So, from what I can tell, the Mojo framework is an implementation of all of these ideas, using JavaScript as the programming language, and using HTML5 and CSS for drawing to the screen. Despite there being very little information, they do mention the following features on the developer website:

  • apps are installed and run on the device,
  • apps are designed to be multitasked and run in the background,
  • apps have full access to gestures and the touch screen,
  • apps can use a Growl-esque system to display user notifications,
  • apps will have access to sqlite databases for data storage (part of HTML5), and
  • apps can exchange data via a common messaging mechanism.

The Performance Argument

"But won't it come down to speed?" Yes, it will. However, WebOS is based on WebKit, and likely is using the latest enhancements from the SquirrelFish project. There is a battle royale going on right now between the developers of WebKit, Firefox, Chrome, and Opera for fastest JavaScript interpreter, which means that JavaScript is only going to get faster and faster.

Why go with JavaScript? It provides a low barrier to entry; nobody really needs an SDK to write apps. It makes it very easy to sandbox apps, as the underlying operating system is still invariably written in some form of C, and JavaScript provides no way to break that barrier. And many other reasons, which I talked about last year before the iPhone SDK came out.

tl;dr: JavaScript is just a language. Palm used that to build a system for making applications. They're nothing like web apps.

 

The interface looks to be pretty snappy, although there was a little lag when they were doing web browsing. Here's hoping that gets ironed out before release.

 

I'm dying to see a video of this in motion. Their new developer platform appears to be very similar to Dashboard on the Mac; apps are written with CSS, HTML, XML, and presumably JavaScript.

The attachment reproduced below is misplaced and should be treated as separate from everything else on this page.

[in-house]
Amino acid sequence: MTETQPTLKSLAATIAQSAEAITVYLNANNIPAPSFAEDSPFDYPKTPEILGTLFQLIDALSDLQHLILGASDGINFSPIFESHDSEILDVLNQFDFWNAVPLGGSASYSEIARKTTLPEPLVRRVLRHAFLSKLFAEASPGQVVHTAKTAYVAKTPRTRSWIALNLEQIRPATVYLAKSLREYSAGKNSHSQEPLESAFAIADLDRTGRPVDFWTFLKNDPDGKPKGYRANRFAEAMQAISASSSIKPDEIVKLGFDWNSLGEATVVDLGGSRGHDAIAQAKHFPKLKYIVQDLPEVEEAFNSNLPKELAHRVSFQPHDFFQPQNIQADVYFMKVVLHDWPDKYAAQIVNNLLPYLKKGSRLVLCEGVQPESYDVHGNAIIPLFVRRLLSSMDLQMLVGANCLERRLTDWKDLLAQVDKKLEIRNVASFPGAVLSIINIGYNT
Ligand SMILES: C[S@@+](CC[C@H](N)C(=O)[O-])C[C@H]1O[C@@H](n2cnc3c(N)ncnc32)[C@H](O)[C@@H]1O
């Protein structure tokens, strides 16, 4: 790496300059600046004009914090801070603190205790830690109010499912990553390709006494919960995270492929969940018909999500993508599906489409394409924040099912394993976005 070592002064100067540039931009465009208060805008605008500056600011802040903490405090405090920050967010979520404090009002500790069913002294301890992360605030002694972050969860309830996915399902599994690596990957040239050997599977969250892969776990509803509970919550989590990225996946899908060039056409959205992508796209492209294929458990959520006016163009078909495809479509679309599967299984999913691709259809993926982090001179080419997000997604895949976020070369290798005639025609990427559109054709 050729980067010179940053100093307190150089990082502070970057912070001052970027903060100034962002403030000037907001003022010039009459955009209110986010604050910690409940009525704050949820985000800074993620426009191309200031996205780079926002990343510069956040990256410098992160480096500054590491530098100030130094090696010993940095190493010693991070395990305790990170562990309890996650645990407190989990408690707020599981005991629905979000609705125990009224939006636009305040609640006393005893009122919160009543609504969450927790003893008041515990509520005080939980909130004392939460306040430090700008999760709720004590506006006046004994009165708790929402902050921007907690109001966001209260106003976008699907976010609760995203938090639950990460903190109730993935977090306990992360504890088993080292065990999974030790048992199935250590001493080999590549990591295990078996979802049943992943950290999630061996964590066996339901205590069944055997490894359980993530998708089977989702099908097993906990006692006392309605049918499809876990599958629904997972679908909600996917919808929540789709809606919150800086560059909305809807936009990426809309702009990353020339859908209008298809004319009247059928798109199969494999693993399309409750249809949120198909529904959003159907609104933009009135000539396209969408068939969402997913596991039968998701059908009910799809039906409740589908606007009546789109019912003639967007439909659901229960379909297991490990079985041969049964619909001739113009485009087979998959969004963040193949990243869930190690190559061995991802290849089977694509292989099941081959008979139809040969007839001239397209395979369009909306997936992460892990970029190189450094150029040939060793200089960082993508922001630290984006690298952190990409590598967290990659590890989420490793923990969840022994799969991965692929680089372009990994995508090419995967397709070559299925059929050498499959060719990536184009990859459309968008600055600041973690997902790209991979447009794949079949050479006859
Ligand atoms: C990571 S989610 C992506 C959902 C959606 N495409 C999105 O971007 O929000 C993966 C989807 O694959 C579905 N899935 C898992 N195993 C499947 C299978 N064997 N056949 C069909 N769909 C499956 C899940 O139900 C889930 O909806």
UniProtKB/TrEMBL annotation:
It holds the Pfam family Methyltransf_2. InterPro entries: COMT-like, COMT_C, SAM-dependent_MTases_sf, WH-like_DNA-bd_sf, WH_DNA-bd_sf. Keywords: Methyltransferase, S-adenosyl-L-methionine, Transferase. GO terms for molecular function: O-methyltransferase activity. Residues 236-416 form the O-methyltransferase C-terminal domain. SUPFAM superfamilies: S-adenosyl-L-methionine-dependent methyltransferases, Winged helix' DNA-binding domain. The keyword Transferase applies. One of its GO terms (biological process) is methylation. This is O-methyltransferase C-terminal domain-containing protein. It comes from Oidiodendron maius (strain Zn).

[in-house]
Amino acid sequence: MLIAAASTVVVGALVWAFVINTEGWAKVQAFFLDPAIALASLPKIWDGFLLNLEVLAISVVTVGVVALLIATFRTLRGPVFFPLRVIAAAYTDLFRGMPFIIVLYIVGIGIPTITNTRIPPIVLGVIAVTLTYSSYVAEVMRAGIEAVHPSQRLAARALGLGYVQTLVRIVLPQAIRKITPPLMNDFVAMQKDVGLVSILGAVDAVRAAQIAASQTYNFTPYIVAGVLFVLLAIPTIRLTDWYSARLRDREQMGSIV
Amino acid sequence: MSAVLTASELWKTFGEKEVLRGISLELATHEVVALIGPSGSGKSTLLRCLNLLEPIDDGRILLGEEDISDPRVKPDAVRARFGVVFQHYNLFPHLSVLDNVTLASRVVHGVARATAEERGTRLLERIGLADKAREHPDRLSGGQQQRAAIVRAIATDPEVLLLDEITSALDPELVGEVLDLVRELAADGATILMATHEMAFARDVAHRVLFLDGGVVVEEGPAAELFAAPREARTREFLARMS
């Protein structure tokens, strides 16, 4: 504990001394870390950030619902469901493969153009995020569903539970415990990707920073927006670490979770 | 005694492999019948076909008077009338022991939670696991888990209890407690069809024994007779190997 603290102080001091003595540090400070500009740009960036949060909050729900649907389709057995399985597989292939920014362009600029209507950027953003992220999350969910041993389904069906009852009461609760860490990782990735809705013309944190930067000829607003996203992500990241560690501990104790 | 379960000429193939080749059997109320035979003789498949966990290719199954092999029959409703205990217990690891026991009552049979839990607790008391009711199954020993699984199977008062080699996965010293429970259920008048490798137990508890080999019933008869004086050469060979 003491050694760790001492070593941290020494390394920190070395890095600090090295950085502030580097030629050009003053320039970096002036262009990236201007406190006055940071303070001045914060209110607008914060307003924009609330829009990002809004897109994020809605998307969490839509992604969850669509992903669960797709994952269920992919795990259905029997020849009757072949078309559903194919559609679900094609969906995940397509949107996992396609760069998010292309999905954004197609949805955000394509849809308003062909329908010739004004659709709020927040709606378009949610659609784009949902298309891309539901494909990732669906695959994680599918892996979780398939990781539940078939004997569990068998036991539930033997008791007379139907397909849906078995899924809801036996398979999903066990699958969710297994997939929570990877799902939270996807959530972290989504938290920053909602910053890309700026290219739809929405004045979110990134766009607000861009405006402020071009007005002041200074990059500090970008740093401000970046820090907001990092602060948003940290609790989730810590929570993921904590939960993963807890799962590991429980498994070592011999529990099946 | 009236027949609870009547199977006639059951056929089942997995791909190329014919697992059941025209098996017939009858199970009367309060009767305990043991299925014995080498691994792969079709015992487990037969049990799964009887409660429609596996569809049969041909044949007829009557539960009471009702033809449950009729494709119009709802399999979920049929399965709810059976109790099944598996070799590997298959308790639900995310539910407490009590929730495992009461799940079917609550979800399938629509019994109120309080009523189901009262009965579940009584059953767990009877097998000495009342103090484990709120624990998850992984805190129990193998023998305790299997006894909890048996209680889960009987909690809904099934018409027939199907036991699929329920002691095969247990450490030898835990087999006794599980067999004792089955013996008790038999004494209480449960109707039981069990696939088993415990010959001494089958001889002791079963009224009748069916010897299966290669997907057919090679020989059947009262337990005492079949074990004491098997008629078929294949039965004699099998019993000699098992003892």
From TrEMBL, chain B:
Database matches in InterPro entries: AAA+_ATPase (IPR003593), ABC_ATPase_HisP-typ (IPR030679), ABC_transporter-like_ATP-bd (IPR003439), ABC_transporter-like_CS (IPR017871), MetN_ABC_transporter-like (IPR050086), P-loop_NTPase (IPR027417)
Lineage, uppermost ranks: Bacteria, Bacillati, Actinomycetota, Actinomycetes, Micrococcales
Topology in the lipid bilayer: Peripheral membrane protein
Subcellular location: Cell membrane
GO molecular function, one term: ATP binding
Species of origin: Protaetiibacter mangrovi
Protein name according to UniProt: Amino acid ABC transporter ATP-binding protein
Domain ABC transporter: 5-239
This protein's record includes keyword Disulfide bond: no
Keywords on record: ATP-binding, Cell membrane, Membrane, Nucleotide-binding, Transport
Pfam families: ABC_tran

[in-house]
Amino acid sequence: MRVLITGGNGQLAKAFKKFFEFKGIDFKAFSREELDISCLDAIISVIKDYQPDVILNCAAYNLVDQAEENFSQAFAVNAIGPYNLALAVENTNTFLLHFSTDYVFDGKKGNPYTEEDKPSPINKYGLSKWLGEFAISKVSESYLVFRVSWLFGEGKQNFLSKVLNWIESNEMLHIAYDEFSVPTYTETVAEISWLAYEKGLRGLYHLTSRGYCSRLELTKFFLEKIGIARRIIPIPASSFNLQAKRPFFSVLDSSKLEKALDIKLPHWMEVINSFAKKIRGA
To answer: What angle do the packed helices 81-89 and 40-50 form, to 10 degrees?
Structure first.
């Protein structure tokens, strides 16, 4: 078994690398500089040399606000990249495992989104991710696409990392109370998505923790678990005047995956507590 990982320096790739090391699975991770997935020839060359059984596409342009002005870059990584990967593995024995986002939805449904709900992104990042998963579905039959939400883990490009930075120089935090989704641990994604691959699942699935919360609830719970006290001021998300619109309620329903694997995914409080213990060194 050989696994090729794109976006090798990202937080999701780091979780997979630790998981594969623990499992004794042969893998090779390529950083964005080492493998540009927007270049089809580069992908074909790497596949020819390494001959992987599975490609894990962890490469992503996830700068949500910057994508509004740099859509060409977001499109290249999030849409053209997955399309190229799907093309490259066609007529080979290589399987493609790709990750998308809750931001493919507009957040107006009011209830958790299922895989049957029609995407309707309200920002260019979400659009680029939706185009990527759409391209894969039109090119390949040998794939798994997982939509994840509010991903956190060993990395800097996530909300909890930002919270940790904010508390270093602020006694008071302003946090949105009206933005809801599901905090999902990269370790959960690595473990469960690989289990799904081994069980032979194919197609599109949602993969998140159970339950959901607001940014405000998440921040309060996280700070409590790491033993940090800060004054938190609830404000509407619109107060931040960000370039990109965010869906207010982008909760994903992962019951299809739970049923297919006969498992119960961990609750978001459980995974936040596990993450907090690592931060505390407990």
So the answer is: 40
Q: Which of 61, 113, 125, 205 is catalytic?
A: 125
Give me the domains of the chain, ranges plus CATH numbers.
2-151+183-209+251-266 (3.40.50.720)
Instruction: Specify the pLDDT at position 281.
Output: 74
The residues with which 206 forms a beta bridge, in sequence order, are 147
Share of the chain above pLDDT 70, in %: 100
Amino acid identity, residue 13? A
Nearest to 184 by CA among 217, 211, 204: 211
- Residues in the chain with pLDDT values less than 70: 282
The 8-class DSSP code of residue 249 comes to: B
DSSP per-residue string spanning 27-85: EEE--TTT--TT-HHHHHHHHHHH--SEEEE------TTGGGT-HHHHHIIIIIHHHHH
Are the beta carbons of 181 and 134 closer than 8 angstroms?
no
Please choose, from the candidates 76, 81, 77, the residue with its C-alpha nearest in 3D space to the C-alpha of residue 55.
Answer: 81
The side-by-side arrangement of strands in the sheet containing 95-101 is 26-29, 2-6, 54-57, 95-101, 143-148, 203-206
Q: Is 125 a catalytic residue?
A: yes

Boxee, a killer spinoff of XBMC, is now open to anyone who wants to try it.

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A man and wife write a Whack-a-Mole game for the App Store. The game gets cracked and posted online for free. The couple seeks out the pirate and asks why.

 

I made the switch to this about a month ago, when BBEdit switched their font to Consolas Regular. It's a very nice typeface at small sizes; I've been running it at 11pt, which is both compact and surprisingly readable.

 

I don't know how true or untrue this rumor is; personally, I'm leaning against it. However, it's prudent to mention some recent events around SproutCore, the JavaScript framework Apple uses to write the MobileMe web apps and the MobileMe Web Gallery.

Apple has recently made a large commit to the SproutCore project on GitHub, which was stuck getting clearance from Apple's higher-ups for awhile. Here's a post from Charles Jolley briefly talking about their 1.0 march, dated 12/5/2008.

I haven't personally taken a look at what the changes in Bitburger (the name of Apple's branch) entail, so I'm not sure they're more geared towards developing an application like anything in iWork. Just food for thought.